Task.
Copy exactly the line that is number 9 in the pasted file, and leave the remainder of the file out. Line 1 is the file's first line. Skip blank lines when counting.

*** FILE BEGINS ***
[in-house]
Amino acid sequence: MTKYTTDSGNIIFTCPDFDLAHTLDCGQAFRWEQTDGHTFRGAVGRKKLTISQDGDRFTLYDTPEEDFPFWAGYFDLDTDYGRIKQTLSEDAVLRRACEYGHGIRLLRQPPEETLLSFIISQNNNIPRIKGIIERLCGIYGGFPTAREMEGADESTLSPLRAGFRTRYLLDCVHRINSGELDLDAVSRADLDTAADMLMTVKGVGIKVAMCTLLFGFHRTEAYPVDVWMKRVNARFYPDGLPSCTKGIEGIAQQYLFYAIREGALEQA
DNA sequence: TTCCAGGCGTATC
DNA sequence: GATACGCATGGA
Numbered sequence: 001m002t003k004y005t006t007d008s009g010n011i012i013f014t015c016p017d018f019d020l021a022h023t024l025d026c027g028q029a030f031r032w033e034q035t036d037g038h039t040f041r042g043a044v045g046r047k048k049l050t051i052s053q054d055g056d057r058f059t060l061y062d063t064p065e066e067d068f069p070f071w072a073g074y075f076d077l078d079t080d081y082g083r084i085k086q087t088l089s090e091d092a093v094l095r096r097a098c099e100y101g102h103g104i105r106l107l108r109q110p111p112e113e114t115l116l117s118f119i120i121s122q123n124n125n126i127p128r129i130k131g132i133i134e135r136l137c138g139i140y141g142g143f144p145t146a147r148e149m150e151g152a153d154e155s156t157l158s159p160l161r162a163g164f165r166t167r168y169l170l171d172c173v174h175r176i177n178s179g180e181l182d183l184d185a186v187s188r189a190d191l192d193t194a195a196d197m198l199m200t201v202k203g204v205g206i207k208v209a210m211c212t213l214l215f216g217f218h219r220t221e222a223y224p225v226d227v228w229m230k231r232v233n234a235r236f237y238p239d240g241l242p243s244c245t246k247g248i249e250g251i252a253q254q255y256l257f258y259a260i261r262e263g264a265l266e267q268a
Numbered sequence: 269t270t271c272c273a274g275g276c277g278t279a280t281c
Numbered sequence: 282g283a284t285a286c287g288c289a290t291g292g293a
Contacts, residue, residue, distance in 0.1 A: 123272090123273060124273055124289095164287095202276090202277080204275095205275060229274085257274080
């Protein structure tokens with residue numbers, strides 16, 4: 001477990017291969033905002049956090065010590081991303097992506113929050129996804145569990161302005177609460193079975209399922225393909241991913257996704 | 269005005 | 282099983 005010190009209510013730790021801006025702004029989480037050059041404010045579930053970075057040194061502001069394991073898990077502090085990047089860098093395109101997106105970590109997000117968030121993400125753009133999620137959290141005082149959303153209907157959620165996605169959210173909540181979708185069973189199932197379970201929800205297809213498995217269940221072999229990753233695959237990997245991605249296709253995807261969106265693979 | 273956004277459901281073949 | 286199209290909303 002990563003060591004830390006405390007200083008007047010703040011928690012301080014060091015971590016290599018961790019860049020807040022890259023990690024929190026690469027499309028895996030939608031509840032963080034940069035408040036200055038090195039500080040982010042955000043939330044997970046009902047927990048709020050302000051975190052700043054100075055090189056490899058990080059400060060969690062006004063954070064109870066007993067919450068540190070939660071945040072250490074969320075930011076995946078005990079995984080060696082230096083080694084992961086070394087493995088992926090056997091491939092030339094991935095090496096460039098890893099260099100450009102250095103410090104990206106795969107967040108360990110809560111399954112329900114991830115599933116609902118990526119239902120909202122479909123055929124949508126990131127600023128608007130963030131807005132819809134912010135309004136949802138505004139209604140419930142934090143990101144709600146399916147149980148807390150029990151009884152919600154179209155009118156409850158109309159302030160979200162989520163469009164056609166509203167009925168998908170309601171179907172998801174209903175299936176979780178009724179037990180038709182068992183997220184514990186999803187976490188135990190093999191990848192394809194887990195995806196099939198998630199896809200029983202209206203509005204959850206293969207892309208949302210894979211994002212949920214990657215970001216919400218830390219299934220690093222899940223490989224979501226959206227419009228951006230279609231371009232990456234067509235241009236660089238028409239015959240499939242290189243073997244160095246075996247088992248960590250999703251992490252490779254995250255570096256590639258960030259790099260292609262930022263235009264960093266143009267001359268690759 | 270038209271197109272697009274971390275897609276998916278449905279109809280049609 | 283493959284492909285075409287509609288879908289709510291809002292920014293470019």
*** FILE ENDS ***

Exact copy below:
């Protein structure tokens with residue numbers, strides 16, 4: 001477990017291969033905002049956090065010590081991303097992506113929050129996804145569990161302005177609460193079975209399922225393909241991913257996704 | 269005005 | 282099983 005010190009209510013730790021801006025702004029989480037050059041404010045579930053970075057040194061502001069394991073898990077502090085990047089860098093395109101997106105970590109997000117968030121993400125753009133999620137959290141005082149959303153209907157959620165996605169959210173909540181979708185069973189199932197379970201929800205297809213498995217269940221072999229990753233695959237990997245991605249296709253995807261969106265693979 | 273956004277459901281073949 | 286199209290909303 002990563003060591004830390006405390007200083008007047010703040011928690012301080014060091015971590016290599018961790019860049020807040022890259023990690024929190026690469027499309028895996030939608031509840032963080034940069035408040036200055038090195039500080040982010042955000043939330044997970046009902047927990048709020050302000051975190052700043054100075055090189056490899058990080059400060060969690062006004063954070064109870066007993067919450068540190070939660071945040072250490074969320075930011076995946078005990079995984080060696082230096083080694084992961086070394087493995088992926090056997091491939092030339094991935095090496096460039098890893099260099100450009102250095103410090104990206106795969107967040108360990110809560111399954112329900114991830115599933116609902118990526119239902120909202122479909123055929124949508126990131127600023128608007130963030131807005132819809134912010135309004136949802138505004139209604140419930142934090143990101144709600146399916147149980148807390150029990151009884152919600154179209155009118156409850158109309159302030160979200162989520163469009164056609166509203167009925168998908170309601171179907172998801174209903175299936176979780178009724179037990180038709182068992183997220184514990186999803187976490188135990190093999191990848192394809194887990195995806196099939198998630199896809200029983202209206203509005204959850206293969207892309208949302210894979211994002212949920214990657215970001216919400218830390219299934220690093222899940223490989224979501226959206227419009228951006230279609231371009232990456234067509235241009236660089238028409239015959240499939242290189243073997244160095246075996247088992248960590250999703251992490252490779254995250255570096256590639258960030259790099260292609262930022263235009264960093266143009267001359268690759 | 270038209271197109272697009274971390275897609276998916278449905279109809280049609 | 283493959284492909285075409287509609288879908289709510291809002292920014293470019």